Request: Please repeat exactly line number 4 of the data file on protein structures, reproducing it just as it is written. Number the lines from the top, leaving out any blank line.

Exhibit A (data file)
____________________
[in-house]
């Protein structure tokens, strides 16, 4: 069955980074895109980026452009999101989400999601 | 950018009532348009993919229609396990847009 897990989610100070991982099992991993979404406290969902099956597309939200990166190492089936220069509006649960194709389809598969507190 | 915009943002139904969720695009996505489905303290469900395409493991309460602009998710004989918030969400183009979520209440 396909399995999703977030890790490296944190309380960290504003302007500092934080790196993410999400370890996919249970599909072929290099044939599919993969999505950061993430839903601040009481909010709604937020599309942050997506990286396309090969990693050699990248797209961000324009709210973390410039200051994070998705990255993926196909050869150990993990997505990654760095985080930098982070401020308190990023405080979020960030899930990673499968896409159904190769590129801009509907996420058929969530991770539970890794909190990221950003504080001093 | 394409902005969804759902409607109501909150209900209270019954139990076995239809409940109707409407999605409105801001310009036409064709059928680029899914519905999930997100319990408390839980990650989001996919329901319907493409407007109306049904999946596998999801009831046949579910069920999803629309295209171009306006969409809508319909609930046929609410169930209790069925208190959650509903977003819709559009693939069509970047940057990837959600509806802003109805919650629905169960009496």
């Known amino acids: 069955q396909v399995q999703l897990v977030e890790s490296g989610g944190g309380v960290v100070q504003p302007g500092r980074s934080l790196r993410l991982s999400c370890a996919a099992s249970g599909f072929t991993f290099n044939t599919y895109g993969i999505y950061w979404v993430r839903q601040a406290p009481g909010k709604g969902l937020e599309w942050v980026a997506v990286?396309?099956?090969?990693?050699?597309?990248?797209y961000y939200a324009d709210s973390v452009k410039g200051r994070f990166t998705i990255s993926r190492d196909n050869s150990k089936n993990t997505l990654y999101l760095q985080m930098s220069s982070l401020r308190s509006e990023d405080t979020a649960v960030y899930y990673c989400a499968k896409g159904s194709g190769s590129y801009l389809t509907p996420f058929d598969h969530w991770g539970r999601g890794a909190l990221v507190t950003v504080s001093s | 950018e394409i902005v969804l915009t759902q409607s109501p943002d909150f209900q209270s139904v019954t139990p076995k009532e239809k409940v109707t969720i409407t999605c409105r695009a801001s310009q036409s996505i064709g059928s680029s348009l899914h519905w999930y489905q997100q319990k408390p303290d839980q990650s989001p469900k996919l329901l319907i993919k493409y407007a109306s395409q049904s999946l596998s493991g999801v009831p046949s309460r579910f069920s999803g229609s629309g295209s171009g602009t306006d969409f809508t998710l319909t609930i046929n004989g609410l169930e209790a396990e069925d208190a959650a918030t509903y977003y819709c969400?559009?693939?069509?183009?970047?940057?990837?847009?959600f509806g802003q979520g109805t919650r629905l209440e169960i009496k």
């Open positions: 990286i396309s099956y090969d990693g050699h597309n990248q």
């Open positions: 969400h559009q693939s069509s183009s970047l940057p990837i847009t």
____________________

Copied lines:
């Open positions: 990286i396309s099956y090969d990693g050699h597309n990248q």